All the time I see content online that says moderate alcohol consumption is good for you. Some even say it is better than no alcohol consumption. Other times there is conflicting information that says no alcohol consumption is better. I'm assuming there just isn't a consensus on it but, as a person who doesn't drink alcohol, I'm curious how drinking moderately could improve my health.
While there is some evidence for what we call a J-shaped curve in the relationship between alcohol consumption and certain health outcomes, at best this evidence only suggests people who already drink modestly have better health outcomes than people who don't drink at all. There is no strong evidence that starting to drink a glass a day, if you do not drink already, would improve your health outcomes. There is an important point here about study design. Evidence for the J-shaped curve is generally observational, often retrospective, and can only tell you about an association between some variable and a disease outcome. It may be an important association, e.g., a valuable marker for risk of disease, but it doesn't tell you what happens if you change the variable. To know what happens when you change the variable, you typically want a randomized controlled trial.
Abstaining from alcohol (vs. moderate consumption) is likely what we call a confounding variable. It is associated with the variable of interest (some health outcome, e.g., mortality), but it is not on the causal pathway. That is to say, people who don't drink at all may be more likely to be ill (or become ill), but they didn't get that way because they don't drink. This is well explored in this meta analysis. A key part here is that former drinkers who currently don't drink any alcohol appear to be the major driver of the higher risk of mortality for individuals who don't drink at all. This suggests earlier heavy drinking or illness that causes someone to stop drinking.
The reason you may want to be a moderate drinker is they're found to have lesser rates of death from heart disease and diabetes, which are dominant causes of death in a developed society.
This is one study I'll be referring to, as it got a lot of press last summer,
- Alcohol use and burden for 195 countries and territories, 1990–2016: a systematic analysis for the Global Burden of Disease Study 2016
Below, if you’re above 1, that means you have greater risk of heart disease. Below 1, lesser risk. Drinkers have less risk, until they get to 6 (!) drinks per day.
Heart disease deaths, up to a point, go down as people drink more. (Specific chart is for females but same trend happens for males; bottom ticks each represent one standard drink per day.)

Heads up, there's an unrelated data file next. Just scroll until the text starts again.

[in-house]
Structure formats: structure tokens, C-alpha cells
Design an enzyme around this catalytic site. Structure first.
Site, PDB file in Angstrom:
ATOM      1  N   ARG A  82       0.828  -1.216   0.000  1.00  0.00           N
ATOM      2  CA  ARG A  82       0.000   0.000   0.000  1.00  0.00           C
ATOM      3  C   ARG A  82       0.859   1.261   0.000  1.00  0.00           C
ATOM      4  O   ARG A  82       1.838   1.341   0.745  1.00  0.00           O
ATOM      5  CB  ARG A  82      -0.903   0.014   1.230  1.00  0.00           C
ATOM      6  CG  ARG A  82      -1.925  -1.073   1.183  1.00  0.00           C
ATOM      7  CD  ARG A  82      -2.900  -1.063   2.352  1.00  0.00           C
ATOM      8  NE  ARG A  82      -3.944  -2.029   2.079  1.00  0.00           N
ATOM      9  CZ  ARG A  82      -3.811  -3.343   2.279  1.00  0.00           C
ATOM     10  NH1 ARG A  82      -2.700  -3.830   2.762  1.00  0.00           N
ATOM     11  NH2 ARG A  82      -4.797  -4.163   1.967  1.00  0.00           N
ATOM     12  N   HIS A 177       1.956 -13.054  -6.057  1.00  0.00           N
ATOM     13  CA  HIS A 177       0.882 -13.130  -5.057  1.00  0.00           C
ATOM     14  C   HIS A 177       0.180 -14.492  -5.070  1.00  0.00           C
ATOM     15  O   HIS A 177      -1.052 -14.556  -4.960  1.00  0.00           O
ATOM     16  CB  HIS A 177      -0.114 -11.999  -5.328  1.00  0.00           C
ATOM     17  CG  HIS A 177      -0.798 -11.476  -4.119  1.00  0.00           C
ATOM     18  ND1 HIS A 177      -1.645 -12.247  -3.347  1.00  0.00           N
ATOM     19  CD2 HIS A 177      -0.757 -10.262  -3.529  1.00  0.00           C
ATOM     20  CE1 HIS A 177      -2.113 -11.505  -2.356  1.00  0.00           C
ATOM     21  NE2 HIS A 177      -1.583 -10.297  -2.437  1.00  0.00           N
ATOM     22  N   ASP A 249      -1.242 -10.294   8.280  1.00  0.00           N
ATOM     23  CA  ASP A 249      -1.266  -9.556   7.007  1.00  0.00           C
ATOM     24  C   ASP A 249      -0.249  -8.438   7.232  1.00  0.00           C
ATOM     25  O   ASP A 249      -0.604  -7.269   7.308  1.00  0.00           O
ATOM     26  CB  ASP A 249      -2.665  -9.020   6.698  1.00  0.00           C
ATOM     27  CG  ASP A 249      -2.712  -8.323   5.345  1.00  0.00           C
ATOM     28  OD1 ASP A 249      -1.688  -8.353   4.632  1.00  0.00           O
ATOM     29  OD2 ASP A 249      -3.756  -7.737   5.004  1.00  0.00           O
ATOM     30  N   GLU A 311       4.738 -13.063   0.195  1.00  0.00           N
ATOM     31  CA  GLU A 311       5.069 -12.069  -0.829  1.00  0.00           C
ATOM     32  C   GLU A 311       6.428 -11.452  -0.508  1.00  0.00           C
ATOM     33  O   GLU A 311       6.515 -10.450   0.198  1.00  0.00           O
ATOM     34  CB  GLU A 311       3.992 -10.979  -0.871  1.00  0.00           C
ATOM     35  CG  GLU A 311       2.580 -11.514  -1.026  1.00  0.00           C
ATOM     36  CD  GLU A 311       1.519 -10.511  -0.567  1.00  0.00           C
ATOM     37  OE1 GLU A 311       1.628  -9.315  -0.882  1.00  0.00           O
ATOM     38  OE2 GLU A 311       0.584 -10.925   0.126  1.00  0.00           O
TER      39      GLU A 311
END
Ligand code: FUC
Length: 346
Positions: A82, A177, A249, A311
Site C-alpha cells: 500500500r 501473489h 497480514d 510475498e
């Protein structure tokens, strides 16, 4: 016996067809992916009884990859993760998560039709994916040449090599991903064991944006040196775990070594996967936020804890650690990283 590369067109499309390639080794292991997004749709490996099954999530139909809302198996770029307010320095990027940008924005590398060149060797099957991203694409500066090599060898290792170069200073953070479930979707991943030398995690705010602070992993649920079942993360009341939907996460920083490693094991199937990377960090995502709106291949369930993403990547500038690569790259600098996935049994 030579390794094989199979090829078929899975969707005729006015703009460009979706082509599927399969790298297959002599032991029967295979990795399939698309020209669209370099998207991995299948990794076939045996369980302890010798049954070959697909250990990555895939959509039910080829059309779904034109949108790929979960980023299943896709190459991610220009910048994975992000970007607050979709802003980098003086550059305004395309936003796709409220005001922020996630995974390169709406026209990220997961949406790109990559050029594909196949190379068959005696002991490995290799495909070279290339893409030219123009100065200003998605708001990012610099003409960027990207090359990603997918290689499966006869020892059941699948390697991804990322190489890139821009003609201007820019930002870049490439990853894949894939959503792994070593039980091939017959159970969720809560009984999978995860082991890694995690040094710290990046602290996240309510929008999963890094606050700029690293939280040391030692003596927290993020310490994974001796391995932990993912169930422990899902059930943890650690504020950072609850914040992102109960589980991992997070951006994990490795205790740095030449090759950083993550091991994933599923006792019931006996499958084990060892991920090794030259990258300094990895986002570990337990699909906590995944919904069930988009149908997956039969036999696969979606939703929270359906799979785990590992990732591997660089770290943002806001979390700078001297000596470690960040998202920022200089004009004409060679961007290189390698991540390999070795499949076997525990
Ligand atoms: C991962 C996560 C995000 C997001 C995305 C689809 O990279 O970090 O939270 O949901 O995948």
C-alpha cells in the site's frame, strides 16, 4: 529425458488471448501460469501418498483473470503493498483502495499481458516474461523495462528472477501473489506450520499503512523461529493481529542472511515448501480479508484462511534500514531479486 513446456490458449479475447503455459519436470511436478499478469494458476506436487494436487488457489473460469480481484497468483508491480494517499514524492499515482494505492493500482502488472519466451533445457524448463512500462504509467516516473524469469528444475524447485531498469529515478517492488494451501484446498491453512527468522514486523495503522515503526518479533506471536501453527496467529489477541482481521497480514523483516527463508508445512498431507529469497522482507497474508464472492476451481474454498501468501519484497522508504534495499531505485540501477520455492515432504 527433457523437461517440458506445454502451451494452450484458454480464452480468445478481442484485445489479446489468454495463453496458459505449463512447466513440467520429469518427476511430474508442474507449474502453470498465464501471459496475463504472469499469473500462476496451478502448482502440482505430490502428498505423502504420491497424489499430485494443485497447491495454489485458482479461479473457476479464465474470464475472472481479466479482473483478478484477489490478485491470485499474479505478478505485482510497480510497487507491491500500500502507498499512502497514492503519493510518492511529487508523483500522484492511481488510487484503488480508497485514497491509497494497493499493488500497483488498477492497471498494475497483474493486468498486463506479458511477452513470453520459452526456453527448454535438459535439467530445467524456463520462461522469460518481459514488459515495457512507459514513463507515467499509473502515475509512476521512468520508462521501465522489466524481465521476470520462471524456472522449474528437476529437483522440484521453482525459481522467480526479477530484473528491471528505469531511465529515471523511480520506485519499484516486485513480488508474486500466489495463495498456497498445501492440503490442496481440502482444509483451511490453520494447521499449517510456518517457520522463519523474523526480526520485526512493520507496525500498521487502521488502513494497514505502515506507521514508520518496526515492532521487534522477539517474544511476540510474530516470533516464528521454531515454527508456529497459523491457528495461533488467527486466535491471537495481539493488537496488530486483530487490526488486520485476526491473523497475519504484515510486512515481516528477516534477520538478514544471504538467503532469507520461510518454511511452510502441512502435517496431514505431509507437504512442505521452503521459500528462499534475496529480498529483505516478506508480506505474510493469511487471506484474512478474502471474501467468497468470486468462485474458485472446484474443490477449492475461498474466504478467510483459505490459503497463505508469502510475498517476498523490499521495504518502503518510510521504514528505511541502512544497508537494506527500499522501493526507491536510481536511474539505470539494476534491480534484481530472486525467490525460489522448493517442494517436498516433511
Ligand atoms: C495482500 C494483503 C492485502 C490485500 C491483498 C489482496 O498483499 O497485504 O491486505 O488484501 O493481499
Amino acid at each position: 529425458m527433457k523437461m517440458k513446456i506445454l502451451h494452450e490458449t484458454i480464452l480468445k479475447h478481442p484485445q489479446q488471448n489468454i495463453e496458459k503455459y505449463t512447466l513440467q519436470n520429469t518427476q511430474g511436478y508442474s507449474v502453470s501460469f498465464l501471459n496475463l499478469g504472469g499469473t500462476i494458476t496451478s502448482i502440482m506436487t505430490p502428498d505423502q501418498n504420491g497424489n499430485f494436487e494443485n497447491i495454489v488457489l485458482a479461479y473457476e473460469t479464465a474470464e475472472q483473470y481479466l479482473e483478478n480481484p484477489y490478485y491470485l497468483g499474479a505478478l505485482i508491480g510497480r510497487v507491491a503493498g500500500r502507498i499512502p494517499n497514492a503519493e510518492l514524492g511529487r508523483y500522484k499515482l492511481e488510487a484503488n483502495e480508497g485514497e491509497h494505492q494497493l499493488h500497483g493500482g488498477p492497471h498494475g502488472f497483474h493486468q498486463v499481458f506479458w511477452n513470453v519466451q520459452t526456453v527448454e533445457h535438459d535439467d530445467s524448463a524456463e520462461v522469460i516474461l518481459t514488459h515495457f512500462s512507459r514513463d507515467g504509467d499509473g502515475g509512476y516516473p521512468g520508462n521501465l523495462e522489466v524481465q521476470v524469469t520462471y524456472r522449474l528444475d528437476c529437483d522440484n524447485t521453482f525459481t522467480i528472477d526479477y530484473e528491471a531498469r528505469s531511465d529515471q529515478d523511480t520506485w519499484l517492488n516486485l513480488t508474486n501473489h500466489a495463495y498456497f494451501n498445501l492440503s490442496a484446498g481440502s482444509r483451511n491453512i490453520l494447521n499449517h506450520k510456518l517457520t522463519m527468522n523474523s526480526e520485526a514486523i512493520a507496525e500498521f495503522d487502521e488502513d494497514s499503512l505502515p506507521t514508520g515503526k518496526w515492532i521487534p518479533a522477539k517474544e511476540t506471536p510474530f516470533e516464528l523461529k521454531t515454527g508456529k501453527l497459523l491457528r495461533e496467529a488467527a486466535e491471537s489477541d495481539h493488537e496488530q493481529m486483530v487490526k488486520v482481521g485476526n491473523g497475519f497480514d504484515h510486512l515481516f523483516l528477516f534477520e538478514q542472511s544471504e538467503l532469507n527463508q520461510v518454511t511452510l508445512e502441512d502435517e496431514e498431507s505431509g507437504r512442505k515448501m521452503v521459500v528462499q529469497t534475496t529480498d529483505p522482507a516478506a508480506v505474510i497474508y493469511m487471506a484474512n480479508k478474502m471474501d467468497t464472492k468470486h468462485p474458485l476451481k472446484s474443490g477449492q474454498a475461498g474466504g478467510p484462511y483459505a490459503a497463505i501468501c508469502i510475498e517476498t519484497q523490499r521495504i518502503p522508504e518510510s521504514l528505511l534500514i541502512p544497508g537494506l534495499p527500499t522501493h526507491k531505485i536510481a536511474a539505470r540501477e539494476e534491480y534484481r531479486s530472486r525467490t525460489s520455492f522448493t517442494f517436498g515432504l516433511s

Note, you need to live long enough for heart disease or diabetes to potentially kill you in order to get this benefit. If you're in a low income country, alcohol only increases your risk of death:
If you're in a rich country though, you get a lot of benefit from drinking alcohol, practically completely offsetting that initial negative we saw:
If you examine the causes of death above more closely, you'll see ones like violence, cirrhosis, self-harm, etc. One could make an argument these don't apply to our moderate drinker, to where you could get rid of some of those deaths. That is, you're getting less negative and more positive.
Pinning down to specific people
The natural next question is some variety of "why?"
People pretty much always go digging for biochemical answers, but as a personal trainer who has talked to many different personalities about alcohol through the years, a (I believe) very under appreciated element of alcohol is the kind of personality who swears it off.
For instance, on one extreme, you have the person who is an alcoholic. Any alcohol turns into way too much. Obviously not healthy.
You also have the person who is trying to be too strict about everything in their lives. Where they're inherently neurotic. Not a recipe for longterm health.
There is research showing drinkers weigh less than non-drinkers. Personally, I've found with my clients some of them, if they have a drink after a rough day, that's the end of it. While others, if they don't drink, might eat a tub of ice cream. I've also seen other trainers / nutritionists tell their clients they can't drink at all anymore, only for the clients to be miserable. "Going to my weekly date night with my spouse isn't as enjoyable."
Alcohol can mean a lot to a lot of people's social lives. If swearing it off ends up making you more lonely or isolated, that's not good for the heart. (Seriously. There is literature out there talking about the dangers of loneliness.)
With virtually any health question or topic, you're going to be hard pressed to acceptably paint a brush to how people should behave. (No smoking is probably the only one.) If you have a family history of breast cancer maybe you shouldn't drink; if you have one of thyroid, maybe you should?